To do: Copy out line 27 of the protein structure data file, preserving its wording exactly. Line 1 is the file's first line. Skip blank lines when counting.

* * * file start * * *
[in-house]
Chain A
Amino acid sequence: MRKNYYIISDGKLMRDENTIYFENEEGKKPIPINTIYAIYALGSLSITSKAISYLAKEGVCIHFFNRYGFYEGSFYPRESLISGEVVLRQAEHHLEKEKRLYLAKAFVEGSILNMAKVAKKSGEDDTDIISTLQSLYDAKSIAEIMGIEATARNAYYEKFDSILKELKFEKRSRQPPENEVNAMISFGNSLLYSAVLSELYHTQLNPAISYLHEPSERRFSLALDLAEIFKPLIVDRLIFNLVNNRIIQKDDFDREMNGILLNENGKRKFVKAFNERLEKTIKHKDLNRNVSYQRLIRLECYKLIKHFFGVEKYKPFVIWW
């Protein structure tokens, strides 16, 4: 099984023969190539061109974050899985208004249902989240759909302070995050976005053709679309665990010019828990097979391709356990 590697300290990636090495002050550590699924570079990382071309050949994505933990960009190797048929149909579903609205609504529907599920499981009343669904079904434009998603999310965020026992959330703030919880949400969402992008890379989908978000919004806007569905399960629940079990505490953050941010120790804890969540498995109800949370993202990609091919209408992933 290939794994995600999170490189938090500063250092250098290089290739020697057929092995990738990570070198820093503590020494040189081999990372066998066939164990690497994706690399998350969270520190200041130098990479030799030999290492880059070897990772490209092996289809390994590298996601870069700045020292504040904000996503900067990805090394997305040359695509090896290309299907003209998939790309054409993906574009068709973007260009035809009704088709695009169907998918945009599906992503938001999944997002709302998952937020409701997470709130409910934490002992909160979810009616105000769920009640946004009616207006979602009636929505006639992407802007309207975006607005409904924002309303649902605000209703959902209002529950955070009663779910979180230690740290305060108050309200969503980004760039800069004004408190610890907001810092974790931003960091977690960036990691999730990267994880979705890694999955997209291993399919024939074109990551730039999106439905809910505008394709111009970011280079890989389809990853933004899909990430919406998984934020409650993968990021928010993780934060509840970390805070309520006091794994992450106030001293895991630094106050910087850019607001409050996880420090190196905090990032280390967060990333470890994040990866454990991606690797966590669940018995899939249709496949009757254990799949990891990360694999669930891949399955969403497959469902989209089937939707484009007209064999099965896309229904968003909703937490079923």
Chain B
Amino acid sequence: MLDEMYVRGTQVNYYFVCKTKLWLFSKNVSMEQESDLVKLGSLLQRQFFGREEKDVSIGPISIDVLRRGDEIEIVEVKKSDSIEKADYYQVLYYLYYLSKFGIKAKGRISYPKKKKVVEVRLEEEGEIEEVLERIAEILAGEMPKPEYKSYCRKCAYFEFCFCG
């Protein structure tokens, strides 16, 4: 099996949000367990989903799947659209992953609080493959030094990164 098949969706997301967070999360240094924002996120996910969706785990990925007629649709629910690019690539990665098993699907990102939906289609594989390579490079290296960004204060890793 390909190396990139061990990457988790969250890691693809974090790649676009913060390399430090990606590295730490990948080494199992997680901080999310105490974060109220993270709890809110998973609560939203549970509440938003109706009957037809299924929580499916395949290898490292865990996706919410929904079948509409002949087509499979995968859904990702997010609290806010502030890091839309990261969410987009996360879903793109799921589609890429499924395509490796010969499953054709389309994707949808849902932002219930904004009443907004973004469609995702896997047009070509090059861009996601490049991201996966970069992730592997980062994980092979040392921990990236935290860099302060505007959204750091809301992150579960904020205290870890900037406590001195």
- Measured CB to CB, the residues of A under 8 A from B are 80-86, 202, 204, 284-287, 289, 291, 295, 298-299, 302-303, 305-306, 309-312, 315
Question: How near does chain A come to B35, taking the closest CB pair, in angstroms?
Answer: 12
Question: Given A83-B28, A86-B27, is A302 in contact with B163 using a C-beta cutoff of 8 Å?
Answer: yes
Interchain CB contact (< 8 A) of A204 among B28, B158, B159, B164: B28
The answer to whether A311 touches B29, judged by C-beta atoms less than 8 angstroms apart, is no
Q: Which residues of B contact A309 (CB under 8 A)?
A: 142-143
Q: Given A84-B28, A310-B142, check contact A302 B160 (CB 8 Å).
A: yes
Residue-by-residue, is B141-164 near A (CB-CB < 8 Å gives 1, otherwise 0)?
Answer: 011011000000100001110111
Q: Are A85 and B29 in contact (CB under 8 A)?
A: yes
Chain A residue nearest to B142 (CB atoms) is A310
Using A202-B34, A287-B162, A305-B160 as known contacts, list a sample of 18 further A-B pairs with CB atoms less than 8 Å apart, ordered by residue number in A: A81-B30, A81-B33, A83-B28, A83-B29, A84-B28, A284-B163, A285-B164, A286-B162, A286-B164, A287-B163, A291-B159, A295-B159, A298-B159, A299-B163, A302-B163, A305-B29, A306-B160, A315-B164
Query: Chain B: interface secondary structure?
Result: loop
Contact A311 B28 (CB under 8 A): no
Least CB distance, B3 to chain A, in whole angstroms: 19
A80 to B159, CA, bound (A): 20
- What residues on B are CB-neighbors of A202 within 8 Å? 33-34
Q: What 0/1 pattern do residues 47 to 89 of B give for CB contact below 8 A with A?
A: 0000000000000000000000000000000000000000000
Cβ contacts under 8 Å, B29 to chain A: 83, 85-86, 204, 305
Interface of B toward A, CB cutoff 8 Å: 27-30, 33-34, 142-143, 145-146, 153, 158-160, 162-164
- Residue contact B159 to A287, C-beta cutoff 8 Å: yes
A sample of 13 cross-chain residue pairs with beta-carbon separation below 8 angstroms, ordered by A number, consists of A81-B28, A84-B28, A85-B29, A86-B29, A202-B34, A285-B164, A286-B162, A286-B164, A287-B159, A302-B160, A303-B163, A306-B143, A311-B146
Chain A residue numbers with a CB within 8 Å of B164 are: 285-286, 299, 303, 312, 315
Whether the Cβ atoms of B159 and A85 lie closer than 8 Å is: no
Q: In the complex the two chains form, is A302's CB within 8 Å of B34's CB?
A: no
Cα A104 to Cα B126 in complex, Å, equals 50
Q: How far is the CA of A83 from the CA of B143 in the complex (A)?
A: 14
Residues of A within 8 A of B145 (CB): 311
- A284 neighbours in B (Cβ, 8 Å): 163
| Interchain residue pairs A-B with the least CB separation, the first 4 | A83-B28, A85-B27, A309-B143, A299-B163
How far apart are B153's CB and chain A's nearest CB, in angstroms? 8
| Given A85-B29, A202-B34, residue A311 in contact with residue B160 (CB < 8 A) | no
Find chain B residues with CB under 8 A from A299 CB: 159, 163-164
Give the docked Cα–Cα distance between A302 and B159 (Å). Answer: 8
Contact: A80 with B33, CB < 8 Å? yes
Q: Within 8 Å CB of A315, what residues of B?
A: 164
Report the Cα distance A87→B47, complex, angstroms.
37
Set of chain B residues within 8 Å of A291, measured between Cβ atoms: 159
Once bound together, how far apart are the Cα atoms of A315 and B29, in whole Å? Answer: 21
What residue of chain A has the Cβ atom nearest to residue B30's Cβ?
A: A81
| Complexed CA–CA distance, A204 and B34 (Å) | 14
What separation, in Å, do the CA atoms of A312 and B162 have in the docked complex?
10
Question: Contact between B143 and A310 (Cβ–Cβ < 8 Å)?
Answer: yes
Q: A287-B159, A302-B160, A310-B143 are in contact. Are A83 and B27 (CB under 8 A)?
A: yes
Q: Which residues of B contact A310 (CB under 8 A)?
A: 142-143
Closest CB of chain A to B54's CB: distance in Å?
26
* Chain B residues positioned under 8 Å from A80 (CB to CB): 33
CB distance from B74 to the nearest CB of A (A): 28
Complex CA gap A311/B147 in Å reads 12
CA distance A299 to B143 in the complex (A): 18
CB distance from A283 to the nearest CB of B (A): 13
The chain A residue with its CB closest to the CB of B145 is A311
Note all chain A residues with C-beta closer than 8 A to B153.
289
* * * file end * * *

Contact A311 B28 (CB under 8 A): no